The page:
Wolfson is OMP of the fim’s New York office, CohnReznick’s headquarters. He has more than 30 years of diversified public accounting, tax and consulting experience, and provides advisory services to his clients that help them position their businesses for growth and maximize available tax benefits.

The other members of CohnReznick’s Executive Board are: Longobardi, Lavine, Kevin Clancy, Keith Denham, George Klenovich, Michael Monahan, Scott Sachs, Ira Weinstein, Michelle Fleishman (ex-officio), Robert DeMeola (ex-officio).

Grant Thornton Names Poveda PIC of the Albany Market

Michael Poveda

Michael Poveda

Chicago-based Grant Thornton (FY15 net revenue of 1.5 billion) has named Michael Poveda as PIC of the Albany market. In this role, Poveda will focus on client service, growth and talent development in the Northeast.

“Mike will do a fantastic job leading our Albany market, building on our investment and momentum in upstate New York,” says Frank Kurre, Grant Thornton’s Metro New York and New England MP. “He brings remarkable leadership qualities, and significant experience in audit and advisory engagements that will foster continued success for our clients.”

Poveda joins Grant Thornton with more than 20 years of public accounting experience providing assurance and business advisory services to public and private companies. In his previous role, he led cross-functional, diverse teams delivering services to clients ranging from multinational Fortune 500 companies to successful startups, and was a partner at Deloitte.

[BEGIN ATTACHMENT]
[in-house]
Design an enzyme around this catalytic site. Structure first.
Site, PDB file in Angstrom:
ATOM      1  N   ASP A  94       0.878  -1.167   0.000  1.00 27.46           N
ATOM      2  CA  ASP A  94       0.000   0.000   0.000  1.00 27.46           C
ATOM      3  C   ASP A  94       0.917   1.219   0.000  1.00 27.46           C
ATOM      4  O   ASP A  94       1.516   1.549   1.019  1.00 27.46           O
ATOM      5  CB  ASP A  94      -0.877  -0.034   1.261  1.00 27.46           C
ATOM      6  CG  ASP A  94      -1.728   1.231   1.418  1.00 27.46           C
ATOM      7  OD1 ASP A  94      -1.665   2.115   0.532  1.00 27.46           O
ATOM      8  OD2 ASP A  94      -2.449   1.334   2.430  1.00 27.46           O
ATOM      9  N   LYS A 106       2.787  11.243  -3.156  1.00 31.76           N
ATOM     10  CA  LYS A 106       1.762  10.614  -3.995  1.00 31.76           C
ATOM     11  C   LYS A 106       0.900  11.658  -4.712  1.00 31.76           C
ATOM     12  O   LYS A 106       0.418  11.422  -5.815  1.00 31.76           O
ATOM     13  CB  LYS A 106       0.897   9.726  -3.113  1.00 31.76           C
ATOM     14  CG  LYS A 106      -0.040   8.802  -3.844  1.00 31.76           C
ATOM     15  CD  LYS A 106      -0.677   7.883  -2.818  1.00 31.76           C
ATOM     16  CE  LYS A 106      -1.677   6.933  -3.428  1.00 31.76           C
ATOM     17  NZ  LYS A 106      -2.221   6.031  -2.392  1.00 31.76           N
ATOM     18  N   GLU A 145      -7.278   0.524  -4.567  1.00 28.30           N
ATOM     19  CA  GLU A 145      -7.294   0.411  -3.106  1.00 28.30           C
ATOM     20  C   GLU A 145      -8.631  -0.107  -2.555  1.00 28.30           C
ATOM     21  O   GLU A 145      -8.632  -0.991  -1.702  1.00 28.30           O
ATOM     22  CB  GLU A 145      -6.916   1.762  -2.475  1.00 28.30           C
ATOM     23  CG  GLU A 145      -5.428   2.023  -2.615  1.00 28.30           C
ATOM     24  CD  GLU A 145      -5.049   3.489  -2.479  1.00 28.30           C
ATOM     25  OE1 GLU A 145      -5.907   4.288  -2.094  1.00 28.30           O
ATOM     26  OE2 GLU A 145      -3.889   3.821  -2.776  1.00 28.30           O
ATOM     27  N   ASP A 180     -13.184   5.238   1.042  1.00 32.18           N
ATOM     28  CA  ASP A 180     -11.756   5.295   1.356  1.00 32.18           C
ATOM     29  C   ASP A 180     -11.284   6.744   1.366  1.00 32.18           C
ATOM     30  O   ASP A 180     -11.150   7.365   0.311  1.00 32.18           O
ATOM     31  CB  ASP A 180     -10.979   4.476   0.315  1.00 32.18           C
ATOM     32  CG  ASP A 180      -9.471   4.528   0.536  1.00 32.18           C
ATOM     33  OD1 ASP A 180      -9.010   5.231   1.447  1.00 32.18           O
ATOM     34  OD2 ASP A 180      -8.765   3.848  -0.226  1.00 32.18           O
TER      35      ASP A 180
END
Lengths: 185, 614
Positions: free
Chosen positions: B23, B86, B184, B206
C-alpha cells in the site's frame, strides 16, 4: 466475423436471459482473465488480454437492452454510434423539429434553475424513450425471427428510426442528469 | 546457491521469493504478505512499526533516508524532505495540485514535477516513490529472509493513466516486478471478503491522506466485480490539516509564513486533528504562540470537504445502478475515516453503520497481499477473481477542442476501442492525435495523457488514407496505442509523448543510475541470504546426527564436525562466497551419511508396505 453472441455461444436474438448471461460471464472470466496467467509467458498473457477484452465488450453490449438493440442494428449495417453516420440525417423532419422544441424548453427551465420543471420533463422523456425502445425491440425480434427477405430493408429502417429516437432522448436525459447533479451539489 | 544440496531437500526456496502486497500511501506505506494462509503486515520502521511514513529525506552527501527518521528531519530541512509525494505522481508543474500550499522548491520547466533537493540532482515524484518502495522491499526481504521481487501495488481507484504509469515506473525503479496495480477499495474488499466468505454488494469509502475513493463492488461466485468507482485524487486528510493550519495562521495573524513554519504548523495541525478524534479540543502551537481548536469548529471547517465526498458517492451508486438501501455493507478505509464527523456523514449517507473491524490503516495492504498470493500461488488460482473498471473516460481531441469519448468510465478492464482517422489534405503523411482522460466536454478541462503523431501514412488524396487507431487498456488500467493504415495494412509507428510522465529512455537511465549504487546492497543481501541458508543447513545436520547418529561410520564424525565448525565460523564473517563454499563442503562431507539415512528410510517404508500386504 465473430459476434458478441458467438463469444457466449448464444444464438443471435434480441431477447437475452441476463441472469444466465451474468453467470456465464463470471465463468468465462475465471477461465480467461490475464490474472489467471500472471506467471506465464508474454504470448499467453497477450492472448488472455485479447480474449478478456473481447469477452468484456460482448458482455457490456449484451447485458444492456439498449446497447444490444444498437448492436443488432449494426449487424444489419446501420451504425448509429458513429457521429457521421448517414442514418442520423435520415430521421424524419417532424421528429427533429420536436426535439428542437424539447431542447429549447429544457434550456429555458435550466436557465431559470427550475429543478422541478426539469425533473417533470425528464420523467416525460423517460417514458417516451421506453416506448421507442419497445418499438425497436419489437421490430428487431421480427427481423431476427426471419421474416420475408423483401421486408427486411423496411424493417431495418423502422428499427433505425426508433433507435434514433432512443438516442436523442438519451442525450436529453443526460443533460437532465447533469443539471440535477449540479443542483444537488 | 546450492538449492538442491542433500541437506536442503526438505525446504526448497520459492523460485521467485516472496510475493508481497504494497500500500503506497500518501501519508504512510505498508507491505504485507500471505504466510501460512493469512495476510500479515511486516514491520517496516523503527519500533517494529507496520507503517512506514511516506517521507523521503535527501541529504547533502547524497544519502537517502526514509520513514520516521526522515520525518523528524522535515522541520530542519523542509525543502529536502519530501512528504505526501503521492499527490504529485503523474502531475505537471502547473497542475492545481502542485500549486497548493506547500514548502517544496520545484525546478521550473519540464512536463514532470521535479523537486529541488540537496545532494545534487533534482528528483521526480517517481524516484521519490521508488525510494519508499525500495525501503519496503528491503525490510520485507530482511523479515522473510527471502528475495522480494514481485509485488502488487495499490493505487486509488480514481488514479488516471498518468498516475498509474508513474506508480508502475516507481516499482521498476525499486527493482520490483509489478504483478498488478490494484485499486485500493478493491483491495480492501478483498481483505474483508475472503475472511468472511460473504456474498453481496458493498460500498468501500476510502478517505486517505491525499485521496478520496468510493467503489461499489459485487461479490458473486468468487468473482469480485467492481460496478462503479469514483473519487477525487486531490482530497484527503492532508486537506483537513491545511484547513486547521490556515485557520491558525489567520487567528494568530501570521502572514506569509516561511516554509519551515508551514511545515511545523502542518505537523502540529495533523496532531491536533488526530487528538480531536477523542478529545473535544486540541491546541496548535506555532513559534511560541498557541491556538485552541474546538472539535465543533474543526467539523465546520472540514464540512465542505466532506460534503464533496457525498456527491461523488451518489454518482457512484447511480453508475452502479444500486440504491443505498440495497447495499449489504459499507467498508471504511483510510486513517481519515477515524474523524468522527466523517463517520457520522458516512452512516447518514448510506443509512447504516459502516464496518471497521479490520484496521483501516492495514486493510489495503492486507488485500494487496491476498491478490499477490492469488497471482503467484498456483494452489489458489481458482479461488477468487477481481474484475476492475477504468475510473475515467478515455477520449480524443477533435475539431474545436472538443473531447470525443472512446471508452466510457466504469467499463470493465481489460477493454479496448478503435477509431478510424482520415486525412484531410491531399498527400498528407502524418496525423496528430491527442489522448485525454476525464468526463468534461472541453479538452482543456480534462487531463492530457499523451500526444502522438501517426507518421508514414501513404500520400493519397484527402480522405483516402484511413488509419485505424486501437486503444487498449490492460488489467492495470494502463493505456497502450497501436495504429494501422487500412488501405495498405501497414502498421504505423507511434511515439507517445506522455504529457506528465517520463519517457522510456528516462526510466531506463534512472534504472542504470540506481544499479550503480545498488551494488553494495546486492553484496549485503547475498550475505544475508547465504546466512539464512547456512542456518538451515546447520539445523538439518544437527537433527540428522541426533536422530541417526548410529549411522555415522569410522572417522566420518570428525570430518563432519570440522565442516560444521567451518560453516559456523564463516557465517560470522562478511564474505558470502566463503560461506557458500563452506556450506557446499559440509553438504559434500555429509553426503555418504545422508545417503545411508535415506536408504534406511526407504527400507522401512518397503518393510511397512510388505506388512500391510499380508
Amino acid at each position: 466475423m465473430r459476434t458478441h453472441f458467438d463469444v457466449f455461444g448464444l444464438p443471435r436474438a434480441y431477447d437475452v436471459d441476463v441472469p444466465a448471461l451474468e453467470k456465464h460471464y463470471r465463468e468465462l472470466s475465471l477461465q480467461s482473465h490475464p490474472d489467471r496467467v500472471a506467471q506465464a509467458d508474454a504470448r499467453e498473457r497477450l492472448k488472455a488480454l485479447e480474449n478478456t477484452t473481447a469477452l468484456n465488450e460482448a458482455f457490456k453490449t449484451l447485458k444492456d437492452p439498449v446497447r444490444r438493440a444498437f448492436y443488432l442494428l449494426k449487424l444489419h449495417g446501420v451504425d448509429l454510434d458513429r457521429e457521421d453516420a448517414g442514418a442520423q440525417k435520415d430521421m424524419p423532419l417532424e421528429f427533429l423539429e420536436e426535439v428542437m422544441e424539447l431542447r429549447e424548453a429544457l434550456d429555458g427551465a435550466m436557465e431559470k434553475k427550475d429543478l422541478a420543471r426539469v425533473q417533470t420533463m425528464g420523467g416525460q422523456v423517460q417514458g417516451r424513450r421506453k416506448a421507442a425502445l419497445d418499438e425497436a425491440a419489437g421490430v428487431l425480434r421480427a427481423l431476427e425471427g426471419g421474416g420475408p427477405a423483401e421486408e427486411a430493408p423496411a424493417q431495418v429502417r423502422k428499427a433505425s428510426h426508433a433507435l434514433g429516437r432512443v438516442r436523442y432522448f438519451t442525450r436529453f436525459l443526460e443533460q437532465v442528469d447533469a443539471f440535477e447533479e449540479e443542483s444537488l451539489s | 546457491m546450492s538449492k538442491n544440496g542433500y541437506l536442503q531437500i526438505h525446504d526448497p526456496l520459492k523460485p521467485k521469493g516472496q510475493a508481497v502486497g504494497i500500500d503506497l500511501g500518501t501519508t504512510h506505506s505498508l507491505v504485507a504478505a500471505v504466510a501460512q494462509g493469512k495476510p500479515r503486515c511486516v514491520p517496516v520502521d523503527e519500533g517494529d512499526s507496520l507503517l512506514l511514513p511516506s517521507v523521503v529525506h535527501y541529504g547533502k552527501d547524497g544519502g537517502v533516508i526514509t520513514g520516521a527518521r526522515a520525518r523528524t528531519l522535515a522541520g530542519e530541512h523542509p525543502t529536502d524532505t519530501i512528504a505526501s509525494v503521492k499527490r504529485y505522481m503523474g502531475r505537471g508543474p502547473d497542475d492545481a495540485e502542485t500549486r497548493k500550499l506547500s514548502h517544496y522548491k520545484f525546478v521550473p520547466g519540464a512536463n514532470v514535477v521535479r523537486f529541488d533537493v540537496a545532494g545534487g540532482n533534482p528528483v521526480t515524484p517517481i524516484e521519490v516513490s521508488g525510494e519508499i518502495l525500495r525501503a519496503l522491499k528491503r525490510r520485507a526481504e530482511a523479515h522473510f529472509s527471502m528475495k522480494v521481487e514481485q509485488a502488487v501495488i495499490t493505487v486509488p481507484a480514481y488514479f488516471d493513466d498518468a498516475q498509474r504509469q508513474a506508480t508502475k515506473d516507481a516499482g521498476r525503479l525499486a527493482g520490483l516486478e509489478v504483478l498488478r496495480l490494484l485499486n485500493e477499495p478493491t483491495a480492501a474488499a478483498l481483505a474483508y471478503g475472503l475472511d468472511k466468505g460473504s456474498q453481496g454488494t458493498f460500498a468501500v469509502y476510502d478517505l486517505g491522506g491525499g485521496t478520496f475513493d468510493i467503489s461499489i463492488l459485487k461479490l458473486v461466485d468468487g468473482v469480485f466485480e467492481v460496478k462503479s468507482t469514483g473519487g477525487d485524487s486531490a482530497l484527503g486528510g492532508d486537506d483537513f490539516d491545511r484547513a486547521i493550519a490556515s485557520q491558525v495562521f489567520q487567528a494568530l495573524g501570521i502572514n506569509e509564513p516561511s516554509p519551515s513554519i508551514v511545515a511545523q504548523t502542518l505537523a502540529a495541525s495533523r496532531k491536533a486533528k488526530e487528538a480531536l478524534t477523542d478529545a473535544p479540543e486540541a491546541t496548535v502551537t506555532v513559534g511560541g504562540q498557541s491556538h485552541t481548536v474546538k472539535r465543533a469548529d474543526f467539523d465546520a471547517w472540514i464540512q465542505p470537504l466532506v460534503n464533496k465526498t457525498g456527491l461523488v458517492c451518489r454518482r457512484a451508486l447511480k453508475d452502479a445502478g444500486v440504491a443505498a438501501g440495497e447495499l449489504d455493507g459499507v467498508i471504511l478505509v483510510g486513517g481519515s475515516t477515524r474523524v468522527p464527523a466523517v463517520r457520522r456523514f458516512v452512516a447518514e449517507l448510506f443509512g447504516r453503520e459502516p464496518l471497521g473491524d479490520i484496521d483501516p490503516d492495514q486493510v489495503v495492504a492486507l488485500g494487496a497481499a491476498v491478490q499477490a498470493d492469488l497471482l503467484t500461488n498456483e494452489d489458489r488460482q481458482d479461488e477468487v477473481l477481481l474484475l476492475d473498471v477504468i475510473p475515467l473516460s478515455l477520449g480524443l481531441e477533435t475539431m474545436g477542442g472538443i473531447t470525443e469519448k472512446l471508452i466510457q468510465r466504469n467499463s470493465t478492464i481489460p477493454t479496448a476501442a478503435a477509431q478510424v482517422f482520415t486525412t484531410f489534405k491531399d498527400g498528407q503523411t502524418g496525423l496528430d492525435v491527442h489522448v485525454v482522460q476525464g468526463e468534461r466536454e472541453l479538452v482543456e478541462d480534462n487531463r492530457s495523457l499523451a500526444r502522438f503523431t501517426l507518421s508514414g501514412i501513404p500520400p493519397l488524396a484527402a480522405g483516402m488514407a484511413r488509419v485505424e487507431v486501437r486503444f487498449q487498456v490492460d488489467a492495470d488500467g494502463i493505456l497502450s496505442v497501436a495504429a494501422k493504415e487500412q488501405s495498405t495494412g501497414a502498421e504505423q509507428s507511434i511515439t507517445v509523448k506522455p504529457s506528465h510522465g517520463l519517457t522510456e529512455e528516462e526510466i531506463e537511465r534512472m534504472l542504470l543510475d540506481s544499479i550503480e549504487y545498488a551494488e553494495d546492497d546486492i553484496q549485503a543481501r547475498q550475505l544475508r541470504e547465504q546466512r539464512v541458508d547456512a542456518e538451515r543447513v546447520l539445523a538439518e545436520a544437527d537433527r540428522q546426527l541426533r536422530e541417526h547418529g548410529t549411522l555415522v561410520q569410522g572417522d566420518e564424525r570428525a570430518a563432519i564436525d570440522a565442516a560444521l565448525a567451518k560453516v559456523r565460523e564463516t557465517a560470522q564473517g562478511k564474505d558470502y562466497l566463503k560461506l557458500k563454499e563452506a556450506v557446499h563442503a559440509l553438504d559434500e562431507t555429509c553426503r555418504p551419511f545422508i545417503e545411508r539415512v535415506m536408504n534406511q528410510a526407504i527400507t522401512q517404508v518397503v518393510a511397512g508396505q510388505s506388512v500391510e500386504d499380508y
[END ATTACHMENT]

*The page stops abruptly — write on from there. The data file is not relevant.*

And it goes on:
Bolinger to Retire as CEO of Indiana CPA Society

Gary Bolinger

Gary Bolinger

Gary Bolinger, president and CEO of the Indiana CPA Society (INCPAS), will retire on Dec. 31 after 33 years of service.

Bolinger joined the Society in 1984 as field activities director. He was appointed interim executive director in 1990, was promoted to full-time executive director in 1991, and in 1999 was named president and CEO. Under Bolinger’s leadership, the Society has revamped its organizational structure to better leverage volunteers and talent, become more proactive in legislative and regulatory affairs, overhauled its strategic planning process, initiated award-winning diversity programs, and implemented the statewide INCPAS Professional Issues Update, which he has presented for 17 years.

Other major highlights from recent years include:

  • Establishment of the award-winning CPA Center of Excellence®
  • Development of an Integrated Report
  • Celebration of the organization’s centennial anniversary
  • The addition of competency-based learning as an option for CPA license renewal.
Indiana is the first state in the country to do so.